Aradhana, with all due respect, you continue to skip over and ignore this very central and crucial reason for my talking about this preacher. He is a Christian fundamentalist. Christian fundamentalism in the U.S. and fundamentalisms worldwide, all of them on the rise and increasing in power, *teach that women are to be subjugated and subordianted to men.* ALL women. Subjugated and subordinated to ALL men, without respect to race. That is a central significance to me of this story and is an important reason I blogged about it.

    – just pick one of the many representatives of your senate, I see they come a dime a dozen to facilitate the idea that women ‘deserve what is coming to them because of their ‘promiscuity’. See Heart, it’s simple – they got a black preacher to further notions of the AMMORALITY OF BLACK WOMEN, as representative of the ‘inferiority of the BLACK ‘RACE’.

    Yes, I believe that this was also the agenda of the white producers of the show, I wouldn’t argue that in any way. That doesn’t change the other agendas which were obviously present, agendas I believe we have to talk about as feminists because all women are affected by them.

    And because Black peoples in mainstream discourses are believed to be of a ’separate’ culture than ‘white people’s’ (when in fact they’ve been cohabiting the same country for centuries), they’re ‘culture’ is blamed.

    Here again — do you know, Aradhana, where white people and people of color share a very specific culture in this country? In the fundamentalist, conservative Christian community. There, men of color and white men speak the same language. There, they are in solidarity in their subjugation of women. This man was called, among other reasons, as a representative of what many in this country view as a very virtuous and moral culture. The fact that he was black made him perfect, again, in that if anybody called the producers racist, they could point to the black preacher who agreed with them. They tokenized him all right, but he stepped right up to the plate, because he has his own fundamentalist Christian agenda which grants him certain benefits, in particular, access to a certain amount of male power granted to all men of color who will join with white men who are also fundamentalist Christians.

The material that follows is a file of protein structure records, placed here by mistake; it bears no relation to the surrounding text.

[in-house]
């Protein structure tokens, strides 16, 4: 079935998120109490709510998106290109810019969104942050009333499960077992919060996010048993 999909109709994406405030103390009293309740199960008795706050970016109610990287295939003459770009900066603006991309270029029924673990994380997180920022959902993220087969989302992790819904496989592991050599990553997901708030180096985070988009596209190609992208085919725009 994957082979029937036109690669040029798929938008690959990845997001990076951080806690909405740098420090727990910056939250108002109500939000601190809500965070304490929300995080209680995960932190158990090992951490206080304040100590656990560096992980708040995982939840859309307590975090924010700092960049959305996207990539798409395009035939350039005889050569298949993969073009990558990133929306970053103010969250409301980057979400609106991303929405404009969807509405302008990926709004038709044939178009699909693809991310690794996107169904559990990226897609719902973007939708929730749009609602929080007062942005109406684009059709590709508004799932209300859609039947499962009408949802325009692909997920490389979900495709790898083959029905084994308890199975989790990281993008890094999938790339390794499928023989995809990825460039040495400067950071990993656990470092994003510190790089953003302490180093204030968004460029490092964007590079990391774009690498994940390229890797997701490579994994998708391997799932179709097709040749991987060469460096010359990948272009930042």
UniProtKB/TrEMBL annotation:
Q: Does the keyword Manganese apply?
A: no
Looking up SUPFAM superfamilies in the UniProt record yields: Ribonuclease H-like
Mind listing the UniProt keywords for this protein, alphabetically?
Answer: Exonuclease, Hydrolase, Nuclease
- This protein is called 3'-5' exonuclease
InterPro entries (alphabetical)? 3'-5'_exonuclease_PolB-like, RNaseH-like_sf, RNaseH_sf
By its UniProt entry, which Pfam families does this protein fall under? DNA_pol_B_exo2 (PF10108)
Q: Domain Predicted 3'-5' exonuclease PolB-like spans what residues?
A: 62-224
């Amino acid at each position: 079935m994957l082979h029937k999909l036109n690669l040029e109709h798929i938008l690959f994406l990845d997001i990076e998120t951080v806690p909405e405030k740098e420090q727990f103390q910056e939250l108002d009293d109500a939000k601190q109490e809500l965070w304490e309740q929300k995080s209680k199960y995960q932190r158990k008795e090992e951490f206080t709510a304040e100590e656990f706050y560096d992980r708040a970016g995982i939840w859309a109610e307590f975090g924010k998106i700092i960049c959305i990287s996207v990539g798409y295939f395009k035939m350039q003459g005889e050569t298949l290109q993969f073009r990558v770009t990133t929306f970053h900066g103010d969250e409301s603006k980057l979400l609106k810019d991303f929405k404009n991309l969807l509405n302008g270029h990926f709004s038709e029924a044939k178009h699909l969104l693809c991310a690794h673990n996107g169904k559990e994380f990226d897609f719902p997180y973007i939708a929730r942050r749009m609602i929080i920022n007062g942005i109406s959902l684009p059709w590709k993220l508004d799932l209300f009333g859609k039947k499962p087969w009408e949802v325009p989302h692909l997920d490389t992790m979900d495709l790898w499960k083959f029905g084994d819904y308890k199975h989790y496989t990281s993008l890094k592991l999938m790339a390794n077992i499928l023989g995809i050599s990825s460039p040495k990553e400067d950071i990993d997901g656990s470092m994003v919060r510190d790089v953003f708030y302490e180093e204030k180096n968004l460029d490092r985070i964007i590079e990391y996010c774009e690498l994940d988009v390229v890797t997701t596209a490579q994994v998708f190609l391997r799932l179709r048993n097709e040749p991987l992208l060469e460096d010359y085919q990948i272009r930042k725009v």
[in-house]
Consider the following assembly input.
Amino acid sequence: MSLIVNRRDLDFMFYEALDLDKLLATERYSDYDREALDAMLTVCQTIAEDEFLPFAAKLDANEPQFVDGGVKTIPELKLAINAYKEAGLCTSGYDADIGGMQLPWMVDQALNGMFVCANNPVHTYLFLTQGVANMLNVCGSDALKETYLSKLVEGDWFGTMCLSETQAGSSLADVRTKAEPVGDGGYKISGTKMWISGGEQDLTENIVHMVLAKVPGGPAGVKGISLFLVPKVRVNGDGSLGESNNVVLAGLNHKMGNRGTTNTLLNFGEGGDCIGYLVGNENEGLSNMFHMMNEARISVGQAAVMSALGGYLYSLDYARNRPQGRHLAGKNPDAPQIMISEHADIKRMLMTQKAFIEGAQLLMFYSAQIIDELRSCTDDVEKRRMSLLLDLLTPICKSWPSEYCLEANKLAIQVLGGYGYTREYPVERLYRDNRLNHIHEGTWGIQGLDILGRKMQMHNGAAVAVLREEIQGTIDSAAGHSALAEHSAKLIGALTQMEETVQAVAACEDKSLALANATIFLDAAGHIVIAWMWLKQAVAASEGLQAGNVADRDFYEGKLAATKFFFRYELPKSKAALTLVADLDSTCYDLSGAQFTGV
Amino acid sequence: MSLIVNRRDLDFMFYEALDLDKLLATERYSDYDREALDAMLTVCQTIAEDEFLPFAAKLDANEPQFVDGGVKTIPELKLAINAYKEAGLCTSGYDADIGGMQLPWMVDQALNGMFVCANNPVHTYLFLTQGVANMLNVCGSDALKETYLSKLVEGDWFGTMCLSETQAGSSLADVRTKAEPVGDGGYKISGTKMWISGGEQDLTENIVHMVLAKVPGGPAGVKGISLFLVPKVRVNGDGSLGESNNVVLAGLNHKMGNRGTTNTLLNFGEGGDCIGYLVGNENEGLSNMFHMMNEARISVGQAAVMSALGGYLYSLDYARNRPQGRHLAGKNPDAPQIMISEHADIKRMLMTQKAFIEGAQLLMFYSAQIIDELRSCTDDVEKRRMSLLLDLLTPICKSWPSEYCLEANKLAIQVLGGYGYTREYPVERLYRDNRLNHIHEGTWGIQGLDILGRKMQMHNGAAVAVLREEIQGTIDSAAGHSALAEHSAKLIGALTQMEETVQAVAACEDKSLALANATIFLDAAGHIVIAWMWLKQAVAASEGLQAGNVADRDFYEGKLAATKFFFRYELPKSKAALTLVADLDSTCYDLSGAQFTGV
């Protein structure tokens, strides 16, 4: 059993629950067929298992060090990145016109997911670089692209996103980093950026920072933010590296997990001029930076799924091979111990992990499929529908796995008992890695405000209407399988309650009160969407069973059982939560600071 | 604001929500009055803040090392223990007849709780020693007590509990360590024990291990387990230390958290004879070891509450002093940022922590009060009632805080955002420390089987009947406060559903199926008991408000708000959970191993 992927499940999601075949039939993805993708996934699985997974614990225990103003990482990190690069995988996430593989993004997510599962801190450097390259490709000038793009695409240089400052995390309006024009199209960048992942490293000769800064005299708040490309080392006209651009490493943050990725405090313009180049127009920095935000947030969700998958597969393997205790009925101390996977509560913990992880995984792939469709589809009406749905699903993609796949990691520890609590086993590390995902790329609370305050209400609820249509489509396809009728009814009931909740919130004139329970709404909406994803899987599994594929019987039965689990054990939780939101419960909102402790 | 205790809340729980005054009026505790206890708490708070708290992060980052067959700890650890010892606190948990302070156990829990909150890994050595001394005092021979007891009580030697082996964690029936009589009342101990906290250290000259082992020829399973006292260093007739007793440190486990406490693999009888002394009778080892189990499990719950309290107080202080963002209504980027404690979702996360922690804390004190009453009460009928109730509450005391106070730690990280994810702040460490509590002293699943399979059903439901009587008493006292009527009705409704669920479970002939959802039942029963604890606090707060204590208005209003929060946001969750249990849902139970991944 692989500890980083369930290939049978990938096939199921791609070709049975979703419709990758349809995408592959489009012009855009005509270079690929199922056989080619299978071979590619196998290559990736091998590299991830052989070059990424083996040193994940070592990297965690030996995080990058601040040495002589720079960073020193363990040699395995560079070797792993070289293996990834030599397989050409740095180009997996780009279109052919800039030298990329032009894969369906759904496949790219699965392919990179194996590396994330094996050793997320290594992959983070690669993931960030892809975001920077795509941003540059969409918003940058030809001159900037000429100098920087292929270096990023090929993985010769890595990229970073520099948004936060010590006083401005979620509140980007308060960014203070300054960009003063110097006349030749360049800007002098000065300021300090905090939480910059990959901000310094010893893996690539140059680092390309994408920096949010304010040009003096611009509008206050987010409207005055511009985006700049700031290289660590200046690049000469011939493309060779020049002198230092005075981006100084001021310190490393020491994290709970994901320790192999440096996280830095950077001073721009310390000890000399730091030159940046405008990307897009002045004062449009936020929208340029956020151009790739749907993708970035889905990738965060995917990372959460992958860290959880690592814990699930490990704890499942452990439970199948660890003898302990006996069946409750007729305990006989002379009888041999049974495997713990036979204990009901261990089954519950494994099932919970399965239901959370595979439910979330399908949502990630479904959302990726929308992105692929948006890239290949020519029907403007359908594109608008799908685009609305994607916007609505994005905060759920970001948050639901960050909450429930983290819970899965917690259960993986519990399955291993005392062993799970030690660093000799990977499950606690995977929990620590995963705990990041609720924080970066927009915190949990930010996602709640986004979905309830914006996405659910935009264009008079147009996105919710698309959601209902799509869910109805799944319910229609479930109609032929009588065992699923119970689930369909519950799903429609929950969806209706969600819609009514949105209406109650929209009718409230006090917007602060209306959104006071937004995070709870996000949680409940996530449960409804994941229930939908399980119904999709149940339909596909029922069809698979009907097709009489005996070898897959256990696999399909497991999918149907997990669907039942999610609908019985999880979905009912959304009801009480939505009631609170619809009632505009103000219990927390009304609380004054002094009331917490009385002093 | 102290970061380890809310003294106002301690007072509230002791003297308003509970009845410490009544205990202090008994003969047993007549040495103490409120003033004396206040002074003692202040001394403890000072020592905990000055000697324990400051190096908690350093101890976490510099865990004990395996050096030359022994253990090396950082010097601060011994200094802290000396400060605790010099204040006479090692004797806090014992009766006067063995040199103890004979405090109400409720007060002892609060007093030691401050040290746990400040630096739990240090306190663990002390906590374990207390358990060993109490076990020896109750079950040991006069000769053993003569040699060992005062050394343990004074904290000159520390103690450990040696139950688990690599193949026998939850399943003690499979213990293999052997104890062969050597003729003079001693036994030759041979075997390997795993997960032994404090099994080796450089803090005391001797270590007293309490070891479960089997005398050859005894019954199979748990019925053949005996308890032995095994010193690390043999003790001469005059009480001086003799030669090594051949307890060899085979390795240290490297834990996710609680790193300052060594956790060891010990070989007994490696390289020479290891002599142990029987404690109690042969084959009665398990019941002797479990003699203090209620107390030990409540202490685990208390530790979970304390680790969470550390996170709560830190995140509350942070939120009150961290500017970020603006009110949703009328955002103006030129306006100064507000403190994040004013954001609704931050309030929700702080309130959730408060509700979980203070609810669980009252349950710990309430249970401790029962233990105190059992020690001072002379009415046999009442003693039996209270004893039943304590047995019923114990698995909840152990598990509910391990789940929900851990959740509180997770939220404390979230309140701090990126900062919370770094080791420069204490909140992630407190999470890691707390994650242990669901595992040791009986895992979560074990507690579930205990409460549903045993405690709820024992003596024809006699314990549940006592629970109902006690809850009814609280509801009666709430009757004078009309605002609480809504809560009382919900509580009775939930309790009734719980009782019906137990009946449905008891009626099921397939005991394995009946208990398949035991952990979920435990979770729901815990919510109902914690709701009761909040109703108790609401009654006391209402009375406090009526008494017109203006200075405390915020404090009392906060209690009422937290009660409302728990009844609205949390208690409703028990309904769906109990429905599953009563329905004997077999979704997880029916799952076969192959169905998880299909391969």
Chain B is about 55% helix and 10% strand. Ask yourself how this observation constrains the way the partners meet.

You can keep ignoring this if you want to, playing right past, but if you do, you are ignoring an extremely important phenomenon of this time in history in the U.S. and throughout the world, something that has and continues to deeply affect women, a phenomenon which offers a rationale for women’s ongoing dehumanization and subjugation which many, many people honor and accept because it is believed to be divinely sanctioned.

    They could have easily brought in a pro-feminist black man, but they didn’t….

    Of course they didn’t. He wouldn’t have said what they wanted him to say! That’s the whole point.

    Heart

    Posted by womensspace | February 1, 2007, 5:05 am
  46. You also keep skipping over all the other ways white men and men of color do, indeed, bond over the bodies of women, which I’ve mentioned. In pornography. In prostitution. In misogynist media/music/rap. In sex trafficking. And in fundamentalisms.

    Why are you skipping over all of that. It doesn’t change the fact that men are hierarchicalized along the lines of race. What it says, though, is that all men, as I have said, do bond over the bodies of all women, in certain ways. You know this, as an anti prostitution, anti-pornography feminist.

    Heart

    Posted by womensspace | February 1, 2007, 5:15 am
  47. Oh bollocks, I might as well USE the OPPORTUNITY you’ve afforded me when you made an entirely new post about this topic (because of your comments section issues), because I think this is a problem that is SHARED AMONGST THE RADICAL FEMINIST community (as well as EVERY OTHER WHITE FEMINIST who does not understand “third worldist feminist” viewpoints).

    So, thanks for allowing me the opportunity to keep responding to you. My comments are in BOLD, yours are in Italics. [Note– I blockquoted mine so yours could be regular text–Heart] I also want to remind you that this is particularly about the DINES ARTICLE and your original POST. I.e. an instance where an issue in which a black stripper was assaulted was distorted by the MEDIA.

    When in fact, he was there, among other reasons, to further his own fundamentalist agenda in which women are to be “chaste, virtuous, keepers at home, good, obedient to their own husbands,” and wherein they are supposed to bear children within their marriages. This is the cultural phenomenon you are refusing to address